Saturday, July 16, 2011



Rain has always felt like a sacrament to me, and never more so than this July, coming after one of the worst months we have ever experienced since the Home Van began going on driveouts. The June heat wave – day after day of temperatures around 100 degrees and heat indices from 105-110 degrees - made life in the homeless community a daily struggle with dehydration and heat exhaustion.

In addition, four of our homeless women died horrific deaths during the month of June. One was murdered by an unknown predator, one was beaten to death for the money from her disability check, and two died from complications of HIV they contracted from using drugs and working the streets. Maybe one of them was over the age of 50. Since several of these women were lifelong residents of the community, survived by many innocent relatives, I am not going to tell their stories. I will say that the two who died from HIV entered into drugs and street work after a childhood of being abused and molested, which is true of roughly 90% of the women who work the streets, according to the research I’ve found on this subject. These women were in and out of jail throughout their short lives.

It costs a great deal of money to continually put people in jail. When are we going to decriminalize prostitution and use that money to set up halfway houses where sex workers receive counseling, medical care, and job training? When are we going to realize that an abused child does not turn into a criminal and ‘dreg of society’ on her 18th birthday?


The City Commission has postponed the meeting to consider ending meal limits at St. Frances House from July 21 to August 18. No comment. I leave the commenting up to Pat – that’s his department. Also, NIMBYS are trying to derail the 152-bed shelter and rehabilitation program for homeless vets that the Alachua County Housing Authority is attempting to put in place. I have more respect for the NIMBYS who say “We don’t want homeless people near our business or neighborhood” than I do for those who are claiming that this facility is not good enough for our homeless vets. I suspect that most of them want to be seen as humanitarians, not NIMBYS. Well, let me see – where would homeless veterans want to be? In a moldy tent out in the woods or in a private room with a bath, a bed, and a microwave, on a bus line to the VA, with case management on site? Napolotano’s restaurant has filed a lawsuit attempting to stop this shelter for vets. I would suggest a community-wide boycott of Napolatano’s, and if someone wants to set up a picket line outside their restaurant, that would be a good thing also.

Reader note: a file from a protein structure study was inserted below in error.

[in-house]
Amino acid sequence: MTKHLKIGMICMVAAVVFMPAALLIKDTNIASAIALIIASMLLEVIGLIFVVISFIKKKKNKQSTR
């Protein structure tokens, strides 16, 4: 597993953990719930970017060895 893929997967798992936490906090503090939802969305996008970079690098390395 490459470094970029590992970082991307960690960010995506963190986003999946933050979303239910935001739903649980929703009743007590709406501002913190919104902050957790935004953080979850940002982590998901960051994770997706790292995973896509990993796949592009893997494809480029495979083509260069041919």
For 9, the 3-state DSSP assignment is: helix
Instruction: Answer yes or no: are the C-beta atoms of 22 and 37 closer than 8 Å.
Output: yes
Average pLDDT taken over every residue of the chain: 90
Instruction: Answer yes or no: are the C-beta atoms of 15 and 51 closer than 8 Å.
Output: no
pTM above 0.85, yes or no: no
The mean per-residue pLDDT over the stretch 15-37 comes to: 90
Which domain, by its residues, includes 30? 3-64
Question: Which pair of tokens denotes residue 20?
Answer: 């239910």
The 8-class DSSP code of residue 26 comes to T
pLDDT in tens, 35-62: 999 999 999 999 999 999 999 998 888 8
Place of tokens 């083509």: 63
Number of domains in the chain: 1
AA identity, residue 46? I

First of all, the public school system of Alachua County, who will be feeding all children under the age of 18 – no red tape – for the entire summer. Many hundreds of people are making this happen. Then, and always, the downtown public library. Year after year this library serves as the de facto cooling and warming center for our homeless people, makes their restrooms available, allows homeless people to check out books (that is rare in this country), has a special movie day for the homeless folks, with snacks served, and gives out street cards. Now they have added another amenity – bike repair tools. These librarians and library staff are my heros. Never once, in all these years of service to the homeless community, have I heard one librarian, or even library patron, at Citizen Comment whining about all the homeless people blighting the bibliophilic landscape. God bless them. And another thank you to The Civic Media Center, which makes their restroom available to homeless people, is giving out bottled water this summer as they did last summer, and have chained a bike pump to the front of their business, available to everyone. I recommend that all of you pick up a copy of the Iguana and start taking advantage of this counter-culture library and its many offerings of concerts, lectures, art exhibits and movie nights.


Our beloved Sh’mal, movie star and one of the Home Van’s first chaplains, has moved back to Gainesville after three years of living in Seattle. (For you new subscribers, Sh’mal was the star of a wonderful movie – “It’s a Sh’mal World” – made by UF students, about his work with homeless people in Gainesville.) He is returning to his chaplain duties with the Home Van. We have one chaplain, Larry Condra, who, happily, is also an addictions counselor, but we have always needed to have two. The homeless folks love Sh’mal, along with just about everybody else. Welcome home Sh’mal!


We are giving out enormous quantities of bottled water. A special blessing on all of you who bring bottled water and leave it on our steps. Keep up the good work!

The Home Van needs tents, tarps, bottled water, Vienna sausages, creamy peanut butter, jelly, candles, white tube socks, batteries, bug spray, duct tape, books and games. Call 352-372-4825 to arrange for drop off. Financial donations to the Home Van should be in the form of checks made out to Citizens for Social Justice, Inc., earmarked for the Home Van, and mailed to 307 SE 6th Street, Gainesville, FL 32601, or can be made online at

1 comment:

man with van in London said...

I love how you conduct your posts, some of the stuff I read I already knew, but other I didn't. I susbscribed to you through RSS to keep track of your latest updates.